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Yet another spaceship thought experiment

  1. Aug 30, 2007 #1
    Suppose there's a spaceship accelerating at a constant rate, say g, thanks to some magic rocket engine. This engine creates a constant force on the ship, which is sufficient to accelerate its constant mass at a constant rate. Supposing that the floor is perpendicular to the line of travel, the occupants will feel as though they are standing in Earth's surface.

    To those occupants, the simulated feeling of gravity will continue indefinitely, even though to an observer at rest relative to their launchpad will perceive their acceleration to decrease as they approach the speed of light, correct? That's my intuitive sense of the situation, but I don't really understand why it would be true. Can someone explain further?
  2. jcsd
  3. Aug 30, 2007 #2


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    For a conceptual picture, just think of approximating the constant acceleration by a lot of little instantanous micro-jump in velocity, with each velocity jump being by the same amount relative to the ship's current rest frame immediately before the jump, and the frequency of the jumps being constant according to the ship's clocks. But because of the velocity addition formula, this means that an observer in a fixed inertial frame will see each velocity jump as smaller and smaller in her own rest frame, and she'll also see the time between jumps increasing as the ship's clocks slow down in her frame.
  4. Aug 30, 2007 #3


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  5. Aug 31, 2007 #4
    How convenient, I was just looking for a physics forum to ask some questions about the Relativistic Rocket and came across this thread. :)

    I am writing a science-fiction novel where an interstellar vessel of this type is employed. I have a BSc with Spec in Physics and have read the Usenet Relativistic Rocket article mentioned above in a previous post but I have some questions.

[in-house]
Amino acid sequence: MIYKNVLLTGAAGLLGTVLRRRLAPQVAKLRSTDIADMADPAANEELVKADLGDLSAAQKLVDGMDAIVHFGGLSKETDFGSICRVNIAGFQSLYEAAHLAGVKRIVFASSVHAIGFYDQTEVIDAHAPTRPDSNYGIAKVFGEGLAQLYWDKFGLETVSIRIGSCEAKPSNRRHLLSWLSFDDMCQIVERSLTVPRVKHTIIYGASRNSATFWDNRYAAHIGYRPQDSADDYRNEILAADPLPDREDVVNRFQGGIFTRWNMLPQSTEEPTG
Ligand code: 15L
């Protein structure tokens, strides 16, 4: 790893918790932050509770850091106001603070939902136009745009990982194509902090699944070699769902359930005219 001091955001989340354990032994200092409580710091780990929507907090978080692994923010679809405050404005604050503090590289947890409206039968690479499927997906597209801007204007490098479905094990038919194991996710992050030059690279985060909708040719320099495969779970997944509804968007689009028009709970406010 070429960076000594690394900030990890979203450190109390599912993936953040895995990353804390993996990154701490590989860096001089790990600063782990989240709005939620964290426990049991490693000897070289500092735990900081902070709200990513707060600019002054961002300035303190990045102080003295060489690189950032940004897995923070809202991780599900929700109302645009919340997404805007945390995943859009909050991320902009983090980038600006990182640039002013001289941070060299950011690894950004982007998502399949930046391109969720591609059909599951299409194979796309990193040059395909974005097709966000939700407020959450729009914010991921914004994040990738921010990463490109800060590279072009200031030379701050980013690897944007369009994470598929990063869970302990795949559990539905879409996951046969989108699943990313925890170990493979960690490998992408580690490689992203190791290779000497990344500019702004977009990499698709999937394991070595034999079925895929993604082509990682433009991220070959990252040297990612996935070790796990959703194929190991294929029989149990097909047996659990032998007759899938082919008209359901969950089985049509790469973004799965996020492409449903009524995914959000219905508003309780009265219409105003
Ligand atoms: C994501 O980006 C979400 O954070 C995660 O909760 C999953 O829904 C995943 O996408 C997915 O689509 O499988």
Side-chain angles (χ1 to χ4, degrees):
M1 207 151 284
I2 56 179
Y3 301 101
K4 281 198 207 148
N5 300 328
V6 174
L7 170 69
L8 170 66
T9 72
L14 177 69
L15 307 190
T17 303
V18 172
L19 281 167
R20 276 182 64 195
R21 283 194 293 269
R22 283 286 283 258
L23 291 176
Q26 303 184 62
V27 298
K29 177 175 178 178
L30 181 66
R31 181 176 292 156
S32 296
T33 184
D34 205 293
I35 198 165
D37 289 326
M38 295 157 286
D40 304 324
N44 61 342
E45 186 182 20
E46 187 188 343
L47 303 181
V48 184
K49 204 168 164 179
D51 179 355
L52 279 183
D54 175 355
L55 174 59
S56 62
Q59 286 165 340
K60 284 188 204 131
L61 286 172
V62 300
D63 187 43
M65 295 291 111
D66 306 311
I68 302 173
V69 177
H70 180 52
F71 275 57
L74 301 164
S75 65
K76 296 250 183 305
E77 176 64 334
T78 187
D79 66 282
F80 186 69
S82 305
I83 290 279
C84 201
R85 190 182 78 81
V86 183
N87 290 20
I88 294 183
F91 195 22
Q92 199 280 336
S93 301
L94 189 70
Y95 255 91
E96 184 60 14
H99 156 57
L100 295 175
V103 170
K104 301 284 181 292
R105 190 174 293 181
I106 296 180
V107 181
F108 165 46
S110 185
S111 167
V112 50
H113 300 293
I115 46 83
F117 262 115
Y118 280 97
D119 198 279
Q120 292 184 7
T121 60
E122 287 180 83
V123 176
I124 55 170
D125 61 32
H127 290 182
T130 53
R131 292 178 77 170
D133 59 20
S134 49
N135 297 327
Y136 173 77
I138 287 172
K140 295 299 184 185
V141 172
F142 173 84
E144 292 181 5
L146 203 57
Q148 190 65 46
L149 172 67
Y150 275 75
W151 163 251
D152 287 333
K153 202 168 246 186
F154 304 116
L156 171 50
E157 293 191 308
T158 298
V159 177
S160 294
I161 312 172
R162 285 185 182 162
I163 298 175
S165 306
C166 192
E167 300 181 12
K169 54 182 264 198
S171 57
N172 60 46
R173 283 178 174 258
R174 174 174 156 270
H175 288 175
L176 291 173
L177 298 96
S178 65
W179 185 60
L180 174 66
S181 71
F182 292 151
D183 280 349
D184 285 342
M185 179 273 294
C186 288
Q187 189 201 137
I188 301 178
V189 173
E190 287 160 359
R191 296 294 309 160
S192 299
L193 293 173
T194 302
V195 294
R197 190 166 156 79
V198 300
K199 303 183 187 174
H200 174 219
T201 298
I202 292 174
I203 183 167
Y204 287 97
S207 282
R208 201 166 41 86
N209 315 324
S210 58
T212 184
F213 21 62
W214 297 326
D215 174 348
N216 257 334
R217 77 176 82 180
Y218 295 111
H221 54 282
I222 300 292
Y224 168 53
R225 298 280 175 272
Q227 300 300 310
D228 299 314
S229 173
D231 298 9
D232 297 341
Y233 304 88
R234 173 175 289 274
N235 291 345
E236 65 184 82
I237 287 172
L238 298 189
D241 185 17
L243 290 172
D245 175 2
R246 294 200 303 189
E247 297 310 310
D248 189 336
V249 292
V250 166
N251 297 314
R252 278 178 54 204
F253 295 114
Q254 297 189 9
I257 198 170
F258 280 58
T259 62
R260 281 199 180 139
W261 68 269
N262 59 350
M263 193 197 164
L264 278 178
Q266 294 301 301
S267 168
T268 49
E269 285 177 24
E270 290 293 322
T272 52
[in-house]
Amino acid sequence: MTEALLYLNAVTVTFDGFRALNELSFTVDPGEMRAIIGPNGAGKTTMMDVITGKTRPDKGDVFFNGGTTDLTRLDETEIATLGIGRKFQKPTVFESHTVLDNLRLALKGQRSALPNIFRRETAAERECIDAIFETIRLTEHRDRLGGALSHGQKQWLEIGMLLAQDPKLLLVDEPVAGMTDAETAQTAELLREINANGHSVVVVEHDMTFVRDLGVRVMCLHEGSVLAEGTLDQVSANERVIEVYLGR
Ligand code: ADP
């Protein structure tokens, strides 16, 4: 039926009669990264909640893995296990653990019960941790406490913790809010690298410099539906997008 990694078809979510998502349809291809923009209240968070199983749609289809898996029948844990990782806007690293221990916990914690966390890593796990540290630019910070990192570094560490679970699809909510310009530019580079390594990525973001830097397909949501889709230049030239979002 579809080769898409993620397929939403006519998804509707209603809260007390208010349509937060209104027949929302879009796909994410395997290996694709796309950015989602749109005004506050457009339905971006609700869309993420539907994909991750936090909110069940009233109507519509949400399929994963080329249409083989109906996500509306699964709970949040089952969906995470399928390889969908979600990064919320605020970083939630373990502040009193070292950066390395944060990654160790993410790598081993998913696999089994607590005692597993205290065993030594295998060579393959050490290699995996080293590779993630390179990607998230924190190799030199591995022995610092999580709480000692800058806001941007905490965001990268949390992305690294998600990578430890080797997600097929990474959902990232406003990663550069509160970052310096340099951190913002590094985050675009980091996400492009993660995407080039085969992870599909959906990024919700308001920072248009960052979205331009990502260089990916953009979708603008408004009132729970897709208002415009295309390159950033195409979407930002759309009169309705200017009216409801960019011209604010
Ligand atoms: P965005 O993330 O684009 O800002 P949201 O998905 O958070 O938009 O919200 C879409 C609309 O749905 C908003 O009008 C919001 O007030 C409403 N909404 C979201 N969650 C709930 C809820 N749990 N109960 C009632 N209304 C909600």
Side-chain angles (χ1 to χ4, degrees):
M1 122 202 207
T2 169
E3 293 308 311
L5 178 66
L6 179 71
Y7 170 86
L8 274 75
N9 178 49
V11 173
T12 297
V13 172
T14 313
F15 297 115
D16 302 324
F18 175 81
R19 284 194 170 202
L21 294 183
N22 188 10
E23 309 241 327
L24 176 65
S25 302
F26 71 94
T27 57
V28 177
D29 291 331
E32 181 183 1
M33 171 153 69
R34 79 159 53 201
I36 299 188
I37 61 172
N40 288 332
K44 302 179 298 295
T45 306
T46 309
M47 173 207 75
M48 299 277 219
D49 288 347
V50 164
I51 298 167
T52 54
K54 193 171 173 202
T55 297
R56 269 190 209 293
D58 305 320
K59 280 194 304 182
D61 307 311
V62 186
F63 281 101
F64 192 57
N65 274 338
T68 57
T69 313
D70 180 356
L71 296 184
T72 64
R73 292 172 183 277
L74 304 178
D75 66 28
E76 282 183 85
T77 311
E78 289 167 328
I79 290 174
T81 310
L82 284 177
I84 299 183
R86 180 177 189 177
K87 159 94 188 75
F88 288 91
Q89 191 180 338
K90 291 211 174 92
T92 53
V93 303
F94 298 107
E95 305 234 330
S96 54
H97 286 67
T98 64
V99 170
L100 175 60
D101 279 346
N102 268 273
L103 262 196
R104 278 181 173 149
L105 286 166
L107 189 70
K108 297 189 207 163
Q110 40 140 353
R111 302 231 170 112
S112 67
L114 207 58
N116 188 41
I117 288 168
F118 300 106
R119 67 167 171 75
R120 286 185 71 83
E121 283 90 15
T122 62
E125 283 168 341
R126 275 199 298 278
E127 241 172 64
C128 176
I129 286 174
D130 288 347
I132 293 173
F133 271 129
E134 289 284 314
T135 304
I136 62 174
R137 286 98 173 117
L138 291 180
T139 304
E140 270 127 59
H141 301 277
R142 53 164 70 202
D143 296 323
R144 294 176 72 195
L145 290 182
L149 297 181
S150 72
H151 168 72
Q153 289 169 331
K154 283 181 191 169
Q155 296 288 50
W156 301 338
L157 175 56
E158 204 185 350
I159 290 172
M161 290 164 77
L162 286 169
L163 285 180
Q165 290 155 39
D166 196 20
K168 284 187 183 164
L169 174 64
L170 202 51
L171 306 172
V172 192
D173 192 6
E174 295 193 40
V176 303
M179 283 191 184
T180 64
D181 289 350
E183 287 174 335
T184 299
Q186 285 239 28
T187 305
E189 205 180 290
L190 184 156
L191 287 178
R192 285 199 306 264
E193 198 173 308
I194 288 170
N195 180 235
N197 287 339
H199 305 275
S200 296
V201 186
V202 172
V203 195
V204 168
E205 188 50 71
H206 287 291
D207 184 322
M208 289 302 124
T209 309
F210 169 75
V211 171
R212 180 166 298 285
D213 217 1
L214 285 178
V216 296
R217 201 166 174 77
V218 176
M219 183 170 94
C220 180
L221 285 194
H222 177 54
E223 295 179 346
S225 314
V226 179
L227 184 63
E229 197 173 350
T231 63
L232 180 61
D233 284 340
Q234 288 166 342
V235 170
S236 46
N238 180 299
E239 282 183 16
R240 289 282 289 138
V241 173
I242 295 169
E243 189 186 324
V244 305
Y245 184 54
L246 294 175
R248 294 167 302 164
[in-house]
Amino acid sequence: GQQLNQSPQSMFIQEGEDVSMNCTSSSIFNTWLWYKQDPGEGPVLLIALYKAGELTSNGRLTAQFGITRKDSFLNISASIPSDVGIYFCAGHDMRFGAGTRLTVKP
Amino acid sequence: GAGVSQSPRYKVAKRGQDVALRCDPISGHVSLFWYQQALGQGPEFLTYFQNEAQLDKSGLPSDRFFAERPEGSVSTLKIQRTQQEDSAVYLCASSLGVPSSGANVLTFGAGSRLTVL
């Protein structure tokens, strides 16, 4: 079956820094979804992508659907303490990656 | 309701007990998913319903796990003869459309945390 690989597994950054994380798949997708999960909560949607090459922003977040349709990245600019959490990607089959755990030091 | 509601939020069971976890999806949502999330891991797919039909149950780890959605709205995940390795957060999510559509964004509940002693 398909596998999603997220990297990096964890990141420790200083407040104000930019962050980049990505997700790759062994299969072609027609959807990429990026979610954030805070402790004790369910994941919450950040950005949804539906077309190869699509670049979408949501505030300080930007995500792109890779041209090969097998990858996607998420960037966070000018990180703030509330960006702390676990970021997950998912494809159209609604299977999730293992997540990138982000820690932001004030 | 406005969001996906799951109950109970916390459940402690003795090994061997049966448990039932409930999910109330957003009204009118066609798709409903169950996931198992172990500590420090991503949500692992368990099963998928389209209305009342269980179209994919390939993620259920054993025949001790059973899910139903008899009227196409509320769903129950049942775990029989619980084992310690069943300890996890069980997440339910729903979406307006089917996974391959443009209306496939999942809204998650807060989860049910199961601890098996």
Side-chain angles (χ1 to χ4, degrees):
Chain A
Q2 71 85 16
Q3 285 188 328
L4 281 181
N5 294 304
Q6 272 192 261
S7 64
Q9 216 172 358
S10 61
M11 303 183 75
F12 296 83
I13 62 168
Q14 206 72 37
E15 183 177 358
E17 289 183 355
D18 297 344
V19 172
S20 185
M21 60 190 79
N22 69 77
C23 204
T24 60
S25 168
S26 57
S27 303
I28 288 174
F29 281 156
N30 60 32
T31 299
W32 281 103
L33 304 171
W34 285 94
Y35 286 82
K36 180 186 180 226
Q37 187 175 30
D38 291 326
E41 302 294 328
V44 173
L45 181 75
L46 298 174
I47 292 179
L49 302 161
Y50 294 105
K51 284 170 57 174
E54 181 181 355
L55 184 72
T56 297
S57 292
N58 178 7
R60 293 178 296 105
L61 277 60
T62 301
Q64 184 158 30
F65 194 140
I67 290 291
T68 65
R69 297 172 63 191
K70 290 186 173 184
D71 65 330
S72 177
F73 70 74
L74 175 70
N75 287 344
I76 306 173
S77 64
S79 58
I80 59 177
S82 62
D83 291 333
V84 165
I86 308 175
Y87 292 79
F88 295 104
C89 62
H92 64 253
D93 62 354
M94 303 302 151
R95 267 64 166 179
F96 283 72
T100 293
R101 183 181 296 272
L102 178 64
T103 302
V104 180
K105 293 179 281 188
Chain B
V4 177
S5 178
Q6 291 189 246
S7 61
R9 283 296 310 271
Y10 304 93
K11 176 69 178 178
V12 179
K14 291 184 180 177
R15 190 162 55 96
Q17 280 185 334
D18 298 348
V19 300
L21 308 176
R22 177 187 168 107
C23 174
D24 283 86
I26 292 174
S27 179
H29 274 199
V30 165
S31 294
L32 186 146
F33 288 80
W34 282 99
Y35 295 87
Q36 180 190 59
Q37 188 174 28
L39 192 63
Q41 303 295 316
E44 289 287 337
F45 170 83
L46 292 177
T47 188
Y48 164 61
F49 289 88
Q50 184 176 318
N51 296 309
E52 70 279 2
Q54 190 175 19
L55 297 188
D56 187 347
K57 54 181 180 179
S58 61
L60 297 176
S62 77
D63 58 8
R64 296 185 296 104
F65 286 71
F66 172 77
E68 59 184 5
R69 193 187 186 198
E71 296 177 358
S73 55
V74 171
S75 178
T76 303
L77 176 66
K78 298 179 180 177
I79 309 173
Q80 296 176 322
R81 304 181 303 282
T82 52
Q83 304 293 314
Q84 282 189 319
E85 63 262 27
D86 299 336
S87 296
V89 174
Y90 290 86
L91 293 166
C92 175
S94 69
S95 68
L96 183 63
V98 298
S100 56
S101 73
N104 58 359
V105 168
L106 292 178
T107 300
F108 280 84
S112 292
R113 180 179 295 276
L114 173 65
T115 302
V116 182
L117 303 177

In my novel, I have a race that regularly travels to another solar system ~4 ly away. The following section from the "Relativistic Rocket" article gave me an idea.

    >If you wish to pass by a distant star and return to Earth, but you don't need to
    >stop there, then a looping route is better than a straight-out-and-back route. A
    >good course is to head out at constant acceleration in a direction at about 45
    >degrees to your destination. At the appropriate point you start a long arc such
    >that the centrifugal acceleration you experience is also equivalent to earth
    >gravity. After 3/4 of a circle you decelerate in a straight line until you arrive

    This got me thinking about the best way to do regular travel between two stars. As the journey between the two stars would take several years, the ship carrying the travelers would have to be virtually self-sustaining and carry as much cargo and as many passengers as possible to make the trip worthwhile. This would imply the need for a relatively large ship. It would seem wise to set up a ferry system whereby one ship (the "Ferry") continues around a regular loop between the two stars. As the Ferry nears the star, a smaller shuttle leaves the Ferry to drop people off at the planet while a second shuttle brings people from the planet to the Ferry. This way only the smaller shuttles (and thereby passengers and supplies) need to be accelerated to and from a "stop" whereas the larger Ferry (and all equipment and systems necessary for the "long" trip) can make use of centrifugal acceleration as described above.

    Now, if I understand the setup, as described in the article, a continuous loop between the two stars would simply be a giant circular path with a diameter equal to the distance between the two stars. The article says this "looping route is better" but better in what way? I assume it is better in terms of fuel usage but NOT travel time as the distance traversed is pi/2 times larger than a straight trip.

    Now I have a few questions:
    -What would be the time (and Proper Time) such a looping trip would take?
    -If that time is significantly longer than a straight there-and-back trip could a compromise be made using an elliptical path instead of a circular one?
    -Could the gravitational pull of the stars be used to improve the time or fuel requirements (or would the ship need to get too close to the stars for this to be practical?)
    -If shuttles were used to pickup and dropoff passengers from the Ferry, how long would they need to be in transit? (Assume the shuttles can maintain accelerations larger than 1g to the extent and for the duration that a human could tolerate it.)
    -Related to the above: Could one shuttle be used for pickup and dropoff, or would the shuttle picking people up from the planet have to leave before the dropoff shuttle arrives?

    I am trying very hard to write a good science-fiction novel with extremely accurate science (especially physics as that is what I know best). Any assistance and suggestions anyone can give me would be very much appreciated.
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